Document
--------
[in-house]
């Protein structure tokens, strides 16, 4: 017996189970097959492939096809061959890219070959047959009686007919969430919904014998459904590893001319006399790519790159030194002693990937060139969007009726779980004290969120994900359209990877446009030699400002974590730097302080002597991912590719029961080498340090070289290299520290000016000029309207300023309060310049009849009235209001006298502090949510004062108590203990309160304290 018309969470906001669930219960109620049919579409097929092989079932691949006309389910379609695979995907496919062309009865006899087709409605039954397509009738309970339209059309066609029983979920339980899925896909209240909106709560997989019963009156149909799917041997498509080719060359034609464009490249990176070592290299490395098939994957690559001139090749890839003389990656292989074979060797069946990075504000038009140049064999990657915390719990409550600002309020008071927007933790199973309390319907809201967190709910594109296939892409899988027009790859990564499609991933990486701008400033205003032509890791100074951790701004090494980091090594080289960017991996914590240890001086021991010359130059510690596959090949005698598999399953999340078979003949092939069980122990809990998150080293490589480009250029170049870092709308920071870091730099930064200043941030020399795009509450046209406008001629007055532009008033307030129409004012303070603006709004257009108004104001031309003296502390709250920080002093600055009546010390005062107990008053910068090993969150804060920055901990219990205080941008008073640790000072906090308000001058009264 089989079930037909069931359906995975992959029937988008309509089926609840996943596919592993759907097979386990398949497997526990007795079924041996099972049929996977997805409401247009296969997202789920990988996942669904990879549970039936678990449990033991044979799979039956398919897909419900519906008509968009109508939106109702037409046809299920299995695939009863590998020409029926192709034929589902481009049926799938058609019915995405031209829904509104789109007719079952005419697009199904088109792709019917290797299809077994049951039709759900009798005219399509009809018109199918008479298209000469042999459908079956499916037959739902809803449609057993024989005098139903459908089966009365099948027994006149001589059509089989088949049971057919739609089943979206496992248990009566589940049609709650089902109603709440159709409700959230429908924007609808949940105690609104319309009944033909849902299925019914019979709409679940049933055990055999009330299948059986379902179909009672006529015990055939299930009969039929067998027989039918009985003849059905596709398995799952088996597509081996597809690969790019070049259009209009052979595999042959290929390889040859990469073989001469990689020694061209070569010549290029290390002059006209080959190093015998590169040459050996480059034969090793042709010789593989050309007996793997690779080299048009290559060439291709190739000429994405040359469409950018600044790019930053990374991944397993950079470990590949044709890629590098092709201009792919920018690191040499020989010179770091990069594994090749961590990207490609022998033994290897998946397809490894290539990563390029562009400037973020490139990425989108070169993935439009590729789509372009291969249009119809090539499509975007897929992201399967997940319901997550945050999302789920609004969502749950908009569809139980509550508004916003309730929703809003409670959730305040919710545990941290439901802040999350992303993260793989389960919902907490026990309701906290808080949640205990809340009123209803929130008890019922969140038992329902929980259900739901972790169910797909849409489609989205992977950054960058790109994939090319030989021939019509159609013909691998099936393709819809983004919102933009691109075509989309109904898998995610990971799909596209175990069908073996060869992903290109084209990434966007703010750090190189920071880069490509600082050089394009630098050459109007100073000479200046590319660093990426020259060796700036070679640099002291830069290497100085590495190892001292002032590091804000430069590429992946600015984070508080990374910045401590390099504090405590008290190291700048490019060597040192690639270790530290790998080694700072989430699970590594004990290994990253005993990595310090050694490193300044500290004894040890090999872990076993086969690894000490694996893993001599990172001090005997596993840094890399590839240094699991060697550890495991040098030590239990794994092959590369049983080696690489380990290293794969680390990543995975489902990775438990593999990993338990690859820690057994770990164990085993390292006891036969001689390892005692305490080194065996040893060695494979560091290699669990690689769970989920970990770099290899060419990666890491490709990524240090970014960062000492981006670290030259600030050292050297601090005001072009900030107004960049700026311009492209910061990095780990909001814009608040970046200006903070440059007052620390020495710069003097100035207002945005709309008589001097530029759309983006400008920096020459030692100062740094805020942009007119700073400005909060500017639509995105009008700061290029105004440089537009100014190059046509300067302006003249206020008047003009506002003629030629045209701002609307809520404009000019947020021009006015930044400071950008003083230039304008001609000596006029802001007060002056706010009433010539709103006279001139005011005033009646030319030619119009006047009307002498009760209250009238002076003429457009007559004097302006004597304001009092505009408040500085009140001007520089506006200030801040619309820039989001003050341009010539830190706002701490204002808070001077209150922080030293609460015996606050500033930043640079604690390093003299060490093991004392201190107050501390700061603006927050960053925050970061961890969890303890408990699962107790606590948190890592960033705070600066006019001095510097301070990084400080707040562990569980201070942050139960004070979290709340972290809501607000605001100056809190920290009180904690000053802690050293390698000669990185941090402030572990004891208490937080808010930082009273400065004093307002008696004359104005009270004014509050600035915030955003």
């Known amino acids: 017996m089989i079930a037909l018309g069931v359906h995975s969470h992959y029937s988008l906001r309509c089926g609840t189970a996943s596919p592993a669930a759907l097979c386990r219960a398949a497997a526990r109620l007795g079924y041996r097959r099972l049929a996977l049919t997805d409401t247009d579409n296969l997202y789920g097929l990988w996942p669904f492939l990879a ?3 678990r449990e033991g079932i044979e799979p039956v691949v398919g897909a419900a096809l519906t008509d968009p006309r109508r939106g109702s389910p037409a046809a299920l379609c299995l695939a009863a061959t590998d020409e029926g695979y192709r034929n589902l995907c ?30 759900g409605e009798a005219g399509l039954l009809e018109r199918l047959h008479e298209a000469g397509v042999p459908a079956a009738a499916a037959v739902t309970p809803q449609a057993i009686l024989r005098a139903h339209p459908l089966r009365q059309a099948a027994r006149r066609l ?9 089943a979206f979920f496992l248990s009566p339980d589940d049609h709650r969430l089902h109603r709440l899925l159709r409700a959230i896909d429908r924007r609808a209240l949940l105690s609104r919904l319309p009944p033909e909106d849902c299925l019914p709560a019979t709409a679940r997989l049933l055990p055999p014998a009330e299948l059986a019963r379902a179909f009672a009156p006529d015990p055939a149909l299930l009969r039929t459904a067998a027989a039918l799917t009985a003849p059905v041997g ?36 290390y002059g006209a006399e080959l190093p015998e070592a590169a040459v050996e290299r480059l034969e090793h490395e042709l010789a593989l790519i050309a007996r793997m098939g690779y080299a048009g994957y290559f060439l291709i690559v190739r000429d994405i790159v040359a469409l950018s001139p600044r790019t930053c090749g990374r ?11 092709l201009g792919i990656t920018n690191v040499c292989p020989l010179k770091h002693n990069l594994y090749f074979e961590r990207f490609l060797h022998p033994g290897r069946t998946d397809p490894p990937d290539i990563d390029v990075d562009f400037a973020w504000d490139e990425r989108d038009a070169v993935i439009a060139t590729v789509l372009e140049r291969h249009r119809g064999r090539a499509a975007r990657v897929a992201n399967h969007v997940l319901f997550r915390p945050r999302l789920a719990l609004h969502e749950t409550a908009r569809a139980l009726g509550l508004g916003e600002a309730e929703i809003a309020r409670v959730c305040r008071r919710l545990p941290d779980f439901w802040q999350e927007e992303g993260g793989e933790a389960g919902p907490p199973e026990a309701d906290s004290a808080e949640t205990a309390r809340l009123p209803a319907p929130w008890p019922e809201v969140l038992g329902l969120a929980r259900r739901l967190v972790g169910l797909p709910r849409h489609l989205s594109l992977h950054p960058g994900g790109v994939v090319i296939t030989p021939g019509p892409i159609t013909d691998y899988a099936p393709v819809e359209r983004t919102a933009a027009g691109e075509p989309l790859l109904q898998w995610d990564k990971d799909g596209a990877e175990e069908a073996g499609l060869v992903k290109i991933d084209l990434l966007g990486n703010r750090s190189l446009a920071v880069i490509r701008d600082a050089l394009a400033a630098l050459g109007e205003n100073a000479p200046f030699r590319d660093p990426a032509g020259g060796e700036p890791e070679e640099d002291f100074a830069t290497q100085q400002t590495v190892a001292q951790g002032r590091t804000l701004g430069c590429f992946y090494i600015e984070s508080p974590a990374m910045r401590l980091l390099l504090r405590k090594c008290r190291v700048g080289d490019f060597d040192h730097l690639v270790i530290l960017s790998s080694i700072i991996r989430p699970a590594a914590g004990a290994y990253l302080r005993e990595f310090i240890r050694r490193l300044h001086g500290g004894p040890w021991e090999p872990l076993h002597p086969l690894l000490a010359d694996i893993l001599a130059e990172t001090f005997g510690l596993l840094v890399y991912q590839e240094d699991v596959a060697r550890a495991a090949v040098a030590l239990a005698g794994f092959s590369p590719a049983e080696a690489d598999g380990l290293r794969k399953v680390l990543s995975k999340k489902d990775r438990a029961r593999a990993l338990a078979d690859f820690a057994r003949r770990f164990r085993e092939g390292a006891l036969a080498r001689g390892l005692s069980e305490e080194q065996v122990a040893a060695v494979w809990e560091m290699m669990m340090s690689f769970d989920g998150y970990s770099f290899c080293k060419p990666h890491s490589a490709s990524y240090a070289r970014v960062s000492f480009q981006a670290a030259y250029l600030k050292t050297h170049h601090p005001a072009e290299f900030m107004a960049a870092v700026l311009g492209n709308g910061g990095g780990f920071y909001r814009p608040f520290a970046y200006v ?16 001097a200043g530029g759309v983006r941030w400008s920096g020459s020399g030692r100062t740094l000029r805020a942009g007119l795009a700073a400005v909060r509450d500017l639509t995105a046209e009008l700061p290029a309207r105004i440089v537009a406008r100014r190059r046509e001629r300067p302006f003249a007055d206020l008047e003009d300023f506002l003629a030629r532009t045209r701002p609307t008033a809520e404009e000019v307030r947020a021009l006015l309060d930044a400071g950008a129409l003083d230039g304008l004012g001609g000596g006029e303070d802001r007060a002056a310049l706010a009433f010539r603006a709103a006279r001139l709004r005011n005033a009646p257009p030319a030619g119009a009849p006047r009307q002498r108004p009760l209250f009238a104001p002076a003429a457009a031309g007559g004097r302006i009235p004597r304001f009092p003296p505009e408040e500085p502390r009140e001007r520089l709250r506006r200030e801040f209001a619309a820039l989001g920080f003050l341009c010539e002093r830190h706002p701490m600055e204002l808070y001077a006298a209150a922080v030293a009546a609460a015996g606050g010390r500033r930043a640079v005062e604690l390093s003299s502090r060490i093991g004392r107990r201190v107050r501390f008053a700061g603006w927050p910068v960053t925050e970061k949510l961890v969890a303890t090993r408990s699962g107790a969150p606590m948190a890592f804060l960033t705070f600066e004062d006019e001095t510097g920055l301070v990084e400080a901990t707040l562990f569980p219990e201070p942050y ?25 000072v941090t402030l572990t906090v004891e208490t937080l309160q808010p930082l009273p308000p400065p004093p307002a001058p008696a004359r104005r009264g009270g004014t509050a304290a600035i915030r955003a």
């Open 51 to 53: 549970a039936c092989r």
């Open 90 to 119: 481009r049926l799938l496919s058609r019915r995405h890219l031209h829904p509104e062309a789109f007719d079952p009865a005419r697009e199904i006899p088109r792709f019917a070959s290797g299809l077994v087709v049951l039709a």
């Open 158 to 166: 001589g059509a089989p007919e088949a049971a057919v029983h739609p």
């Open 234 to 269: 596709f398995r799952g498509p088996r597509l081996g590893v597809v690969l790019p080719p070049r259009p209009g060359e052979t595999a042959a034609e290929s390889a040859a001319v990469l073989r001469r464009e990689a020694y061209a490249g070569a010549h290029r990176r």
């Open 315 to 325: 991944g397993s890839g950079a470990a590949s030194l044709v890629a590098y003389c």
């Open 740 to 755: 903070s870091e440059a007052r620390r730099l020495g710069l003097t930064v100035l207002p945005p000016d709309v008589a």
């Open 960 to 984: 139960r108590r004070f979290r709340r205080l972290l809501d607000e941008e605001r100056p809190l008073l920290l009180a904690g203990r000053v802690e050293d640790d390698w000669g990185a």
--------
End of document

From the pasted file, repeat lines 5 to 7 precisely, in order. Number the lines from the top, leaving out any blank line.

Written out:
């Open 90 to 119: 481009r049926l799938l496919s058609r019915r995405h890219l031209h829904p509104e062309a789109f007719d079952p009865a005419r697009e199904i006899p088109r792709f019917a070959s290797g299809l077994v087709v049951l039709a």
């Open 158 to 166: 001589g059509a089989p007919e088949a049971a057919v029983h739609p």
């Open 234 to 269: 596709f398995r799952g498509p088996r597509l081996g590893v597809v690969l790019p080719p070049r259009p209009g060359e052979t595999a042959a034609e290929s390889a040859a001319v990469l073989r001469r464009e990689a020694y061209a490249g070569a010549h290029r990176r």